[Other Press; 2016]
A lavish, five-star wedding forms the heart of Saleem Haddad’s debut novel.
This is hardly a Hollywood affair. While Guapa does have a romantic streak, the wedding is its angry opposite: the joining of two exhausted and socially pressured souls in shitty matrimony. The wedding, which links two of the protagonist’s friends, is where the story’s sweet pain comes to coalesce.
Never mind how bad things must be for the bride and groom. Our narrator, Rasa, ends up at the same table with his childhood bully. An upper-class woman whispers her banal unhappiness into his ear all evening — until he whispers back about his sexuality in a rushed, drunken confession. Other wedding guests start up a chant for the bloodstained dictator, and Rasa feels compelled to chant along.
Like at the suffocating family meal in Waguih Ghali’s seminal Beer in the Snooker Club, the protagonist ends up knocking down an insufferable, bullying prick and stumbling out.
Guapa, named for the bar where its core characters like to congregate, opens on the morning of this miserably-ever-after. Rasa is in a panic, since his grandmother has just peeped through his keyhole and caught him with his beloved boyfriend, Taymour. As the gaze pans out, we find out we’re in an unnamed Arab country in the throes of a not-entirely-specific civil conflict. On this Wedding D-day, the characters are balanced on a precipice: Will they move toward a revolution and remake the social order? Will the authoritarian regime hold things together? Or will absolutely everything come crumbling down?
Haddad’s writing is at its satiric best during the wedding itself, where he gives a sharp-tongued description of this suffocating upper-class event. Everything here grates on Rasa’s nerves, from the hotel’s security to the women’s perfumes to the colossal glass chandeliers to the uncomfortable outfits and unwanted confessions.
The icing on the cake is the high-school bully, who we’ve come to know from previous flashbacks. As a boy, Hamza policed Rasa and his friend Maj’s masculinity. Now, years later, he’s state security. When the bully saunters up, he asks, “Are we friends on Facebook? Let me friend you now.’ He reaches into his pocket and digs out his phone. Moments later there’s a ping on my phone. Hamza has requested to add you as a friend.”
But where exactly does Hamza work as state security? This is, as the jacket reports, an “unnamed Arab country,” although it’s mostly Syria. At the wedding, Hamza boasts about the president’s wife making the cover of Vogue — by which he must mean the fashion-forward and ethics-backward Asmaa al-Assad. But we’re never told we’re in Damascus, and, at times, it feels more like Cairo, with its attacks on the gay community. Or perhaps like small-town Amman.
The unnamed-ness is not uncommon in Arabic literature: Nihad Sirees’s The Silence and the Roar takes place in an unnamed Arab country, run by an unnamed dictator, which is clearly al-Assad’s Syria. But Sirees gives us enough details to feel the nature of the state crackdown. Here, we’re not sure what’s happening.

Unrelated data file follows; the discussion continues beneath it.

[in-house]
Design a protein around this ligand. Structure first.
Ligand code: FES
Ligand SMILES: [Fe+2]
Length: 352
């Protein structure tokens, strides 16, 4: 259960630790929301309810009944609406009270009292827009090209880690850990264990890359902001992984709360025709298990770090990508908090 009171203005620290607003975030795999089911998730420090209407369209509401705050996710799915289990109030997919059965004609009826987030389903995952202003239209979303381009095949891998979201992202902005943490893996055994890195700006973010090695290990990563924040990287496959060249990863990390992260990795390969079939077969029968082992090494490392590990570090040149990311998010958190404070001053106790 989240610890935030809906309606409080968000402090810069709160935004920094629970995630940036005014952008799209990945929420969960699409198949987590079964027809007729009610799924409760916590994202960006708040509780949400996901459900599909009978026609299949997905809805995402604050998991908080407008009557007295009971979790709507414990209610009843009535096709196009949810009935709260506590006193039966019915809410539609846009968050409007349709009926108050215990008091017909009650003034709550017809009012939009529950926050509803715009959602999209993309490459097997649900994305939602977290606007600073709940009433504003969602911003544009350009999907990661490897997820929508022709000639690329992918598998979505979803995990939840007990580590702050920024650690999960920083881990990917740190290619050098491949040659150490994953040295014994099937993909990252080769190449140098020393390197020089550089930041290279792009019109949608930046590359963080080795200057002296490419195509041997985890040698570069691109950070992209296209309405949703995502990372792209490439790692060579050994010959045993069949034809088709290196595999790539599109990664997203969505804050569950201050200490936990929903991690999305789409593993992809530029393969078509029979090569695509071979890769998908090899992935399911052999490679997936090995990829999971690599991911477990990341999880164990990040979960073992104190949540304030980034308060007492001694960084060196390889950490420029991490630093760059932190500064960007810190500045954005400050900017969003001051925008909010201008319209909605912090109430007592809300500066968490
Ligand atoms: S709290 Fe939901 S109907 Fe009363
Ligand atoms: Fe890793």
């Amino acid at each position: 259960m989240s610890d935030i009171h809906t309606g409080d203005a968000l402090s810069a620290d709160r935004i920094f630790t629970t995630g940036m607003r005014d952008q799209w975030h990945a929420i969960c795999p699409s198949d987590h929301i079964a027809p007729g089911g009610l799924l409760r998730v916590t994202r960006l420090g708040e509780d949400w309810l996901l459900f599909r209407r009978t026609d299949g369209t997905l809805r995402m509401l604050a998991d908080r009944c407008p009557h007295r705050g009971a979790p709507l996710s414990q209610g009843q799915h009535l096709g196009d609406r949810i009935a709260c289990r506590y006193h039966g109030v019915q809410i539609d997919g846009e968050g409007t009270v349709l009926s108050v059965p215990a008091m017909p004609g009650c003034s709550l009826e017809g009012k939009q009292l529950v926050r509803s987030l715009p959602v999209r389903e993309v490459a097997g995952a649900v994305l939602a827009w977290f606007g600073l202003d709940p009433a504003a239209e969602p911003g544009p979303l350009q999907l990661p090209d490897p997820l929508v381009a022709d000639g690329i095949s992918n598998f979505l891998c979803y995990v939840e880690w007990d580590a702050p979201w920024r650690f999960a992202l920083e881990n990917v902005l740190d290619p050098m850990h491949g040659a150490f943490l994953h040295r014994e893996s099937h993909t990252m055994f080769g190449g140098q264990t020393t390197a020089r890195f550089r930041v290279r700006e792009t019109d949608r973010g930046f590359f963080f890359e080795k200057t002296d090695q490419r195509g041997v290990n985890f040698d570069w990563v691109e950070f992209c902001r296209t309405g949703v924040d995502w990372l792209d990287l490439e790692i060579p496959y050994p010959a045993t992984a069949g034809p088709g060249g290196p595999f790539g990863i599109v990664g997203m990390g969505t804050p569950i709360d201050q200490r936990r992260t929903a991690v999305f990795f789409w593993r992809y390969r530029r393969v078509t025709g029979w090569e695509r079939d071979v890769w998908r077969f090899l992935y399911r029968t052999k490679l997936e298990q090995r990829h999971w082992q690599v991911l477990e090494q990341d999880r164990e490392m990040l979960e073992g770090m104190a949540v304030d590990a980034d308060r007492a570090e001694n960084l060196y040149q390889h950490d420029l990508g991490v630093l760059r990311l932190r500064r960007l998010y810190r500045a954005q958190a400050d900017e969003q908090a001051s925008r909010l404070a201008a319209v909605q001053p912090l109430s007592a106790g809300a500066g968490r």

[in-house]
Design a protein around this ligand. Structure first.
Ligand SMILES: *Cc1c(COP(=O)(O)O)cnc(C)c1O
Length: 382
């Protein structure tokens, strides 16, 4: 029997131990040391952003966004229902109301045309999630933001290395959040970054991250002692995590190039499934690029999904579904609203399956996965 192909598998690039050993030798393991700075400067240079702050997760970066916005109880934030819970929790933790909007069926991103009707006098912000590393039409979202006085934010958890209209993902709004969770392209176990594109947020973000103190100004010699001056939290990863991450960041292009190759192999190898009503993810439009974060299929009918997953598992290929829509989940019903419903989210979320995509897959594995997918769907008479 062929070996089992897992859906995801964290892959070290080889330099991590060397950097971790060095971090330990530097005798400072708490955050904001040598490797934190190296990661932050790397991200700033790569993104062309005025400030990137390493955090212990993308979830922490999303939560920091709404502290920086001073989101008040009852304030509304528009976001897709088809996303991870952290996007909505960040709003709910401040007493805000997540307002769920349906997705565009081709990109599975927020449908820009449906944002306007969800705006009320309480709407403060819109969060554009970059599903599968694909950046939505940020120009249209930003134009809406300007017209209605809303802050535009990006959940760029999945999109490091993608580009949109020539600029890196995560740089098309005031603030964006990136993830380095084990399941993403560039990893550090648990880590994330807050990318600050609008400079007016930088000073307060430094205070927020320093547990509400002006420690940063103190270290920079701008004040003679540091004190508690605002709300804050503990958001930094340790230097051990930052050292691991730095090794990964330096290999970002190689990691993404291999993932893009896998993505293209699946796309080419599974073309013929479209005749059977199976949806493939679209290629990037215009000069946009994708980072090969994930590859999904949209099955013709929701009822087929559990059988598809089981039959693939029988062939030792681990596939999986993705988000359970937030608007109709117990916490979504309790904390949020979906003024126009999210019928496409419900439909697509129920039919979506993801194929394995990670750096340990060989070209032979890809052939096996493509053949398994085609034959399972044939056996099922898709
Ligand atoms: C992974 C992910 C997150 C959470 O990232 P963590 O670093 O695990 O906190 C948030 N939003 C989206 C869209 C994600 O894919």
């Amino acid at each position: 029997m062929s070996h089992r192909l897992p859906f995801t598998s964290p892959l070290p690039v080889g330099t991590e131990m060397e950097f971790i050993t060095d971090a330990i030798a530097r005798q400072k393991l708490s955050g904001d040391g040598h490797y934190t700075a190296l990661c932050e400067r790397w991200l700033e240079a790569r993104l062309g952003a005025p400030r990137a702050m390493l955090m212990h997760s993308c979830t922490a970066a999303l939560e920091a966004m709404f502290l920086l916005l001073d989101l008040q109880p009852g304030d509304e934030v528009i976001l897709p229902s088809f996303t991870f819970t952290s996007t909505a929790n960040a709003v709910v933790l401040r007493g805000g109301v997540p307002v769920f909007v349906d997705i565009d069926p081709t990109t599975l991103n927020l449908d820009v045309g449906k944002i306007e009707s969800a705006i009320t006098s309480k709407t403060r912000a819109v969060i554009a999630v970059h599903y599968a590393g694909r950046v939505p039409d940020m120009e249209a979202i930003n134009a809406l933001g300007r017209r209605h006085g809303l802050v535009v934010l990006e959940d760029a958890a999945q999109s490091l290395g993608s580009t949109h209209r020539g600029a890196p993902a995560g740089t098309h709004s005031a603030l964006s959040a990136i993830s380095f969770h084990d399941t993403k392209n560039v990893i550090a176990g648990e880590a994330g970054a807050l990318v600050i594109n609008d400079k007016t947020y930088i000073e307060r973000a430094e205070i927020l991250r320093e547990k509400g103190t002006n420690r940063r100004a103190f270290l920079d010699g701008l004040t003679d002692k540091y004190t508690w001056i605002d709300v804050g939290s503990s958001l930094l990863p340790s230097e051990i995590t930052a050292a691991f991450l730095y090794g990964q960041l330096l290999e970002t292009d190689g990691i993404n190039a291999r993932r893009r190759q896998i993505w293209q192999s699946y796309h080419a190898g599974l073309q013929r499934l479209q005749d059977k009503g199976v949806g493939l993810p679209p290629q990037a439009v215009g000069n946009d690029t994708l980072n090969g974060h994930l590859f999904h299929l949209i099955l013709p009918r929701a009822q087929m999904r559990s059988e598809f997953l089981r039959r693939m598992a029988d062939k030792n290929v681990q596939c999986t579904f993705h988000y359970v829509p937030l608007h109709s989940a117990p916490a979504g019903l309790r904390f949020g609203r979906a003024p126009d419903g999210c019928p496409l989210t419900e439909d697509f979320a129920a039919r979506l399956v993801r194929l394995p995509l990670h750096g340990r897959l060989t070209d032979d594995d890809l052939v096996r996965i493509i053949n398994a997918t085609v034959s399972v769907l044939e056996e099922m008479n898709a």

That’s partly because Rasa isn’t attuned to what’s happening. But he is a translator by trade, and he works with an American journalist who interviews a rebel leader. This should give us insight into what’s going on with the country. But in the end it’s too vague. We know the regime in this unnamed country is doing something to the “terrorists”: “On the television the news showed footage of bombs dropping on a busy neighborhood.”
Ultimately, it’s not enough. One of the book’s major weaknesses is that it telegraphs just a few details about “contemporary Arab conflicts,” conflating them all into a single jumble.
What’s much more powerful in Guapa is the private dictatorship of shame, ruled by Rasa’s grandmother, the school bullies, and everyone in the community who feels compelled to tell Rasa how a man should act. He has lived with his grandmother since his mother’s disappearance and his father’s death. Even though Rasa’s grandmother loves him, her need to avoid the community’s censure makes her not very loving. As Rasa says: “This obsession with what people will say has stripped her of her humanity.”
It’s against this backdrop that Rasa struggles to define himself. Which words are authentic for him? Is he a looti/sodomite? khawal/sissy? shaatha/queer? Is he Maj’s friend? Taymour’s lover? Once Rasa has decided what he wants, he needs to share these private meanings with others. His inability to do so makes relationships fall apart. Even if Rasa can privately define himself, words that aren’t shared with the wider community don’t have the power to hold people together.
Sprinkled throughout are moments of sweet love and friendship that stand against the dictatorship of shame. The forward action sometimes gets lost in what feels like extended HuffPo essays about identity, but Guapa shines beautifully in its moments of sweetness and satire. What’s left uncertain is where we’re going. Will Rasa, like Syria, undergo an extended internal conflict? Or will he find a way forward?
M Lynx Qualey writes for a number of publications, including The Guardian and Al Jazeera. She is also the editor of ArabLit (www.arablit.org).